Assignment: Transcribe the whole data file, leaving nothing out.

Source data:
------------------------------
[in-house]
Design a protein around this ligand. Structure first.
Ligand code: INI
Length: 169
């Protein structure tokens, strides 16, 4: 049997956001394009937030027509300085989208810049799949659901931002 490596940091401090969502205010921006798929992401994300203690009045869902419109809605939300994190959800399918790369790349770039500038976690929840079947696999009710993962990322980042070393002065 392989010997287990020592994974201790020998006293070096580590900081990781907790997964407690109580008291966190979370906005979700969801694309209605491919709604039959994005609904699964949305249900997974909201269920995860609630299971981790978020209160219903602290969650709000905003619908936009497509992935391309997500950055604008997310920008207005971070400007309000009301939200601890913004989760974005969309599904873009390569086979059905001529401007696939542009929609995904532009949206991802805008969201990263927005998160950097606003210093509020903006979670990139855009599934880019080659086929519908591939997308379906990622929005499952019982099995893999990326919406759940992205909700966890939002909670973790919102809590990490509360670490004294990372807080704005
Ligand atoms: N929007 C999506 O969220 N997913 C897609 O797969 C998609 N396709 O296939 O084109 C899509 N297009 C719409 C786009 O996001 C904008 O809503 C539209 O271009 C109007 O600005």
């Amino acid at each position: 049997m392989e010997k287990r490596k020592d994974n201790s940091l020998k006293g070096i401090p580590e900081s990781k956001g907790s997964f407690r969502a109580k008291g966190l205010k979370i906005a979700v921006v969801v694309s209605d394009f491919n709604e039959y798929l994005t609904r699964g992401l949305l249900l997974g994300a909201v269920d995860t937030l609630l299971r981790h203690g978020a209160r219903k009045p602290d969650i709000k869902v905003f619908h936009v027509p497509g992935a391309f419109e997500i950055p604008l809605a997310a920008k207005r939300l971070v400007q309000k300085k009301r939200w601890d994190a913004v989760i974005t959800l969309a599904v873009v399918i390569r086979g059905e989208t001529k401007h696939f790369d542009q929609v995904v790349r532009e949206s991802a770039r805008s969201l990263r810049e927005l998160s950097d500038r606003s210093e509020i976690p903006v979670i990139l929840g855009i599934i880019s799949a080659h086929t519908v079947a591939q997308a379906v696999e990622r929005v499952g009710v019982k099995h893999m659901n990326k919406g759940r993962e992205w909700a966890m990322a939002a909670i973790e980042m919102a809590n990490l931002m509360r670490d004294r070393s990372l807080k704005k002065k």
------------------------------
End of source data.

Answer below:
[in-house]
Design a protein around this ligand. Structure first.
Ligand code: INI
Length: 169
């Protein structure tokens, strides 16, 4: 049997956001394009937030027509300085989208810049799949659901931002 490596940091401090969502205010921006798929992401994300203690009045869902419109809605939300994190959800399918790369790349770039500038976690929840079947696999009710993962990322980042070393002065 392989010997287990020592994974201790020998006293070096580590900081990781907790997964407690109580008291966190979370906005979700969801694309209605491919709604039959994005609904699964949305249900997974909201269920995860609630299971981790978020209160219903602290969650709000905003619908936009497509992935391309997500950055604008997310920008207005971070400007309000009301939200601890913004989760974005969309599904873009390569086979059905001529401007696939542009929609995904532009949206991802805008969201990263927005998160950097606003210093509020903006979670990139855009599934880019080659086929519908591939997308379906990622929005499952019982099995893999990326919406759940992205909700966890939002909670973790919102809590990490509360670490004294990372807080704005
Ligand atoms: N929007 C999506 O969220 N997913 C897609 O797969 C998609 N396709 O296939 O084109 C899509 N297009 C719409 C786009 O996001 C904008 O809503 C539209 O271009 C109007 O600005």
């Amino acid at each position: 049997m392989e010997k287990r490596k020592d994974n201790s940091l020998k006293g070096i401090p580590e900081s990781k956001g907790s997964f407690r969502a109580k008291g966190l205010k979370i906005a979700v921006v969801v694309s209605d394009f491919n709604e039959y798929l994005t609904r699964g992401l949305l249900l997974g994300a909201v269920d995860t937030l609630l299971r981790h203690g978020a209160r219903k009045p602290d969650i709000k869902v905003f619908h936009v027509p497509g992935a391309f419109e997500i950055p604008l809605a997310a920008k207005r939300l971070v400007q309000k300085k009301r939200w601890d994190a913004v989760i974005t959800l969309a599904v873009v399918i390569r086979g059905e989208t001529k401007h696939f790369d542009q929609v995904v790349r532009e949206s991802a770039r805008s969201l990263r810049e927005l998160s950097d500038r606003s210093e509020i976690p903006v979670i990139l929840g855009i599934i880019s799949a080659h086929t519908v079947a591939q997308a379906v696999e990622r929005v499952g009710v019982k099995h893999m659901n990326k919406g759940r993962e992205w909700a966890m990322a939002a909670i973790e980042m919102a809590n990490l931002m509360r670490d004294r070393s990372l807080k704005k002065k």